So what happens, do they go through an acre of land and do a census of the species to see how many aren't there today that were there yesterday? I doubt it, but even if they did, how do they know the "extinct" species aren't living in the adjacent acre?



All I have to go on is that unnamed scientists are cited making extraordinary claims without supporting evidence also being cited. Yes, they could be unqualified to make such claims.



Yes I have a real critique, and I'd be interested in learning how those incredible numbers were arrived at.
In this very thread there is a link to a review article which will have plenty of references to start your new learning adventure!
 

DUCKofD3ATH

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In this very thread there is a link to a review article which will have plenty of references to start your new learning adventure!
I already found this one that proves my very point:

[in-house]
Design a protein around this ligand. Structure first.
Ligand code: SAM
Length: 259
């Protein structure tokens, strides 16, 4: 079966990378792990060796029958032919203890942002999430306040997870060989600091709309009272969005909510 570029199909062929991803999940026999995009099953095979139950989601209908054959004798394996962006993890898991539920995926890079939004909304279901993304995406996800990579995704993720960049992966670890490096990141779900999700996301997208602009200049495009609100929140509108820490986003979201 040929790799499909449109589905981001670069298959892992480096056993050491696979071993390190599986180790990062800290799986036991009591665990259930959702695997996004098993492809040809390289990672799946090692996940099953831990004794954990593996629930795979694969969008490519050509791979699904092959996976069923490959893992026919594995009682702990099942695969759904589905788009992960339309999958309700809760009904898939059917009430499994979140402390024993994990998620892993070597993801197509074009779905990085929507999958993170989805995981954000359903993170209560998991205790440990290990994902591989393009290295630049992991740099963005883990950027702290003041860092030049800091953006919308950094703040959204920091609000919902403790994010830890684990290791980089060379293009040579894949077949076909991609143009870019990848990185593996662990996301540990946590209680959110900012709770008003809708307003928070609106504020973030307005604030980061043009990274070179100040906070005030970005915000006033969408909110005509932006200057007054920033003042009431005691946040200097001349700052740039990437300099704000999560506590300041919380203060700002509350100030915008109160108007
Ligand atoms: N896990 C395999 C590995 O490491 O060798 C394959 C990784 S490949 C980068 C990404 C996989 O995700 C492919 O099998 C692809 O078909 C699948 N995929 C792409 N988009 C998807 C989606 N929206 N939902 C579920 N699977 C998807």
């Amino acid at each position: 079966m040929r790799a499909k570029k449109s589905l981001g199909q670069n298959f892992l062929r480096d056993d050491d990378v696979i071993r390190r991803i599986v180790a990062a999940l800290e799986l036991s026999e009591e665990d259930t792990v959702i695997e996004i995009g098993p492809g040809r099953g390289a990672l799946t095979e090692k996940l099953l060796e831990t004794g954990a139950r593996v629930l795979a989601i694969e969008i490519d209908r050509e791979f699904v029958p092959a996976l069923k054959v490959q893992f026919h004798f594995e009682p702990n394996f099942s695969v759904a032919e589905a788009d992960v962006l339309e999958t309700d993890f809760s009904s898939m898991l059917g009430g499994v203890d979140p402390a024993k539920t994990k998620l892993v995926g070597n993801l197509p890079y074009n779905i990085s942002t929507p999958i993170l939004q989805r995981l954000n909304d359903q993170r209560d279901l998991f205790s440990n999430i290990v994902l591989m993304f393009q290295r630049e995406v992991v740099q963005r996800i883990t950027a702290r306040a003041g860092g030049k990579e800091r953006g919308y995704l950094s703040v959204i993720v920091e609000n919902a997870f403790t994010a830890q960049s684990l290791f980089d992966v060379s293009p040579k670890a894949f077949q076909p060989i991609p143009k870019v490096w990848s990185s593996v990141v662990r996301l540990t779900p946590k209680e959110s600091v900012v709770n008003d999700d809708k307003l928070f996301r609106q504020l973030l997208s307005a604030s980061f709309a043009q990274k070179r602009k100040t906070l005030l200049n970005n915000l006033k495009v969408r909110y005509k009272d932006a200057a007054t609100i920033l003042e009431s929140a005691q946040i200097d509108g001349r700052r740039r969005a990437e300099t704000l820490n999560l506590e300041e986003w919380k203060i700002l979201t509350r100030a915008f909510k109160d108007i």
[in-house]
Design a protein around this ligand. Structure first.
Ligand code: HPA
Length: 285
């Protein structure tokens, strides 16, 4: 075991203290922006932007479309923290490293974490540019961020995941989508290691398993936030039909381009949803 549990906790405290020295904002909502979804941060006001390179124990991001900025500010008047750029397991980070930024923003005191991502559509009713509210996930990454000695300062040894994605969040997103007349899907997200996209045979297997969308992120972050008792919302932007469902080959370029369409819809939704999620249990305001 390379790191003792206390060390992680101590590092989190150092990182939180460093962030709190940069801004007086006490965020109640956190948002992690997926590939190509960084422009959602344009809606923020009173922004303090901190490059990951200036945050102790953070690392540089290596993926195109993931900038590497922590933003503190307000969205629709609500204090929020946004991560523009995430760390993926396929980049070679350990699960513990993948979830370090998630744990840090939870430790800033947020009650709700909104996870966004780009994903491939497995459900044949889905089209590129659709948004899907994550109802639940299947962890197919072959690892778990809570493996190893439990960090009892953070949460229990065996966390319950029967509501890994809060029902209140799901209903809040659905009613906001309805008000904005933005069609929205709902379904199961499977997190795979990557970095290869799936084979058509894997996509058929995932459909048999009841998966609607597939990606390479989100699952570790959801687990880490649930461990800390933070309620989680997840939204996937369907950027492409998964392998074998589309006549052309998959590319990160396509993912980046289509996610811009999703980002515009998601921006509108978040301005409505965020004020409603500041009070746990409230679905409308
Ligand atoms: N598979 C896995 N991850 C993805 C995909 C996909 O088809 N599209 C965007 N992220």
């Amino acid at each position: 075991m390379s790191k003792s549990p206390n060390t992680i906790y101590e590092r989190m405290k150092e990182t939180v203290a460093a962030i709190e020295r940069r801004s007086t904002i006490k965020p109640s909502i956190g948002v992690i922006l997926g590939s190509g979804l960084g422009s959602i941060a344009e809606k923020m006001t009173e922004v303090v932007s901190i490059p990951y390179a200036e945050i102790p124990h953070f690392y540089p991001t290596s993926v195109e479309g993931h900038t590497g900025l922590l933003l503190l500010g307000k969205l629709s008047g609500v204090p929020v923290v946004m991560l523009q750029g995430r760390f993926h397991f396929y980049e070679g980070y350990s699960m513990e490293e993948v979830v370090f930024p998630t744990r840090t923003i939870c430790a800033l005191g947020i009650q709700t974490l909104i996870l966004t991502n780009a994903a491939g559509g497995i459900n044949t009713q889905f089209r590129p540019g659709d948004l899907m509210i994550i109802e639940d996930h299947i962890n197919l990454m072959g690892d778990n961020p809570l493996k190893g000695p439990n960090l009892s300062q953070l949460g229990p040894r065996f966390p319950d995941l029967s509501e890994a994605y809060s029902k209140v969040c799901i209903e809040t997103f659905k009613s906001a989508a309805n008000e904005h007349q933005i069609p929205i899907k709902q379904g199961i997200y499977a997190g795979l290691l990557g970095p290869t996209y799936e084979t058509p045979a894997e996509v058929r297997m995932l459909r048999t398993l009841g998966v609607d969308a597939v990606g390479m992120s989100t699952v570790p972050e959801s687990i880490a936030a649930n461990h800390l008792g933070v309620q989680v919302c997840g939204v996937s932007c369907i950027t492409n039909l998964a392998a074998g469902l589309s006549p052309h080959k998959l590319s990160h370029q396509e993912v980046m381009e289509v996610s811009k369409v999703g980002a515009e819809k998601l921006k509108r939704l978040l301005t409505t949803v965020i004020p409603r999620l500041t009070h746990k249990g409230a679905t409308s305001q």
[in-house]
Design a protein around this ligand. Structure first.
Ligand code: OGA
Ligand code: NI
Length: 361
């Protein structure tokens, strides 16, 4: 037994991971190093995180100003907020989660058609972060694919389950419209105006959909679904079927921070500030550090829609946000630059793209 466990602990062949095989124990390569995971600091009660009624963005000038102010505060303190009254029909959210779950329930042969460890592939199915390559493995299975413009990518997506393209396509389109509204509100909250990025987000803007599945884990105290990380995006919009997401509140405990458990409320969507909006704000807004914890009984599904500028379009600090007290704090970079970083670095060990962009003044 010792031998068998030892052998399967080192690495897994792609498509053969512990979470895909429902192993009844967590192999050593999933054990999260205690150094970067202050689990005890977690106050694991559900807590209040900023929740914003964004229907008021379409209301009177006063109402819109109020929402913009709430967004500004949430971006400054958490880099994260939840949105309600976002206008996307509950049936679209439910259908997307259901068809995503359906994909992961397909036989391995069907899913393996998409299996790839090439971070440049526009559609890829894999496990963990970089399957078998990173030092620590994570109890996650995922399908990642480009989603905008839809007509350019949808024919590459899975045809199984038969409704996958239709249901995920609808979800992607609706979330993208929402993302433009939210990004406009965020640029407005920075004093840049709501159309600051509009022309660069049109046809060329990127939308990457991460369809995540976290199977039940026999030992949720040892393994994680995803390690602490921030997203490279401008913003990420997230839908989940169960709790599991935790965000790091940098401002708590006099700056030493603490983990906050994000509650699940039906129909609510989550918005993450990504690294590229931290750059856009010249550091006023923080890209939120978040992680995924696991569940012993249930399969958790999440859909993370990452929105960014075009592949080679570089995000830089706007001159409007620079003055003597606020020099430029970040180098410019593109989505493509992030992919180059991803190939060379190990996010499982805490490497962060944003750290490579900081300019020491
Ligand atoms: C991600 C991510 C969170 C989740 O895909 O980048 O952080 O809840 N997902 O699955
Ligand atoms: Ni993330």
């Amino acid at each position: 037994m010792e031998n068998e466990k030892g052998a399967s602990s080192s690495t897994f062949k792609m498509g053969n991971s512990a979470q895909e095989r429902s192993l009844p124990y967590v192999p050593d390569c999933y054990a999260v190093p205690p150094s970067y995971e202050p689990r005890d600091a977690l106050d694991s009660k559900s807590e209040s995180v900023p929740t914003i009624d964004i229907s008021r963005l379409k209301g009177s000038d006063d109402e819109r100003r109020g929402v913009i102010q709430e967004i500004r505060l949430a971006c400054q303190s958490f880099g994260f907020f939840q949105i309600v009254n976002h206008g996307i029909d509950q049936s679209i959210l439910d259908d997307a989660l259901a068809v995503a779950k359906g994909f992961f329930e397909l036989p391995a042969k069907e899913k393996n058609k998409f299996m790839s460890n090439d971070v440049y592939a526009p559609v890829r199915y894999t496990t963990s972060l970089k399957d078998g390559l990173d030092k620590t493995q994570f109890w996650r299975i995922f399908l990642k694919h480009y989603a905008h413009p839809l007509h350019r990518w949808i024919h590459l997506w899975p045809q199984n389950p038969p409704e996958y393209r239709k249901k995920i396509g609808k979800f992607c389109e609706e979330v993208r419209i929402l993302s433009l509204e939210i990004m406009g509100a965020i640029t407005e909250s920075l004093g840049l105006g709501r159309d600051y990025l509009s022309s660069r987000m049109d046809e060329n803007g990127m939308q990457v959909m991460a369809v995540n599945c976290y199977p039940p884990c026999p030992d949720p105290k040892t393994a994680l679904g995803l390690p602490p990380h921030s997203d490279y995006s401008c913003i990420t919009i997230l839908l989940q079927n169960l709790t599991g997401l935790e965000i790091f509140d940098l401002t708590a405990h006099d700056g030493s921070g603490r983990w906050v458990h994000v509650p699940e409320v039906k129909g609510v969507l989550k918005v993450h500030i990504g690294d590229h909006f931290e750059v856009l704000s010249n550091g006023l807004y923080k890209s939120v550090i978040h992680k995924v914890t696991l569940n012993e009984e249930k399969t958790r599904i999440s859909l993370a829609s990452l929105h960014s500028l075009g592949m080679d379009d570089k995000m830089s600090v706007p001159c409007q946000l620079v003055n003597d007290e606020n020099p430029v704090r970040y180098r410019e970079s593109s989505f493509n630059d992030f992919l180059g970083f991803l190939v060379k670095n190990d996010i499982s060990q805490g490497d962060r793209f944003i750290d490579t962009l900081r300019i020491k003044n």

Biodiversity loss: How accurate are the numbers?

Recently, however, that model has been attacked in the pages of Nature. Professor Stephen Hubbell from the University of California, Los Angeles, says that an error in the model means that it has - for years - over-estimated the rate of species loss.
 

DUCKofD3ATH

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So your bone is with model error? Are you just cranky about precision or something greater?
What, you're not grateful to me for disabusing you from a flawed notion? I'm shocked.

So what we know is that the method for estimating how many species are going extinct daily is seriously flawed. So the numbers aren't reliable.

Which was my original point.
 

chabig

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"Scientists" have no idea how many species there are, but "scientists" know how many have disappeared? Doesn't that strike you as absurd?
Not to mention that new species are created every day. They don't ever mention that.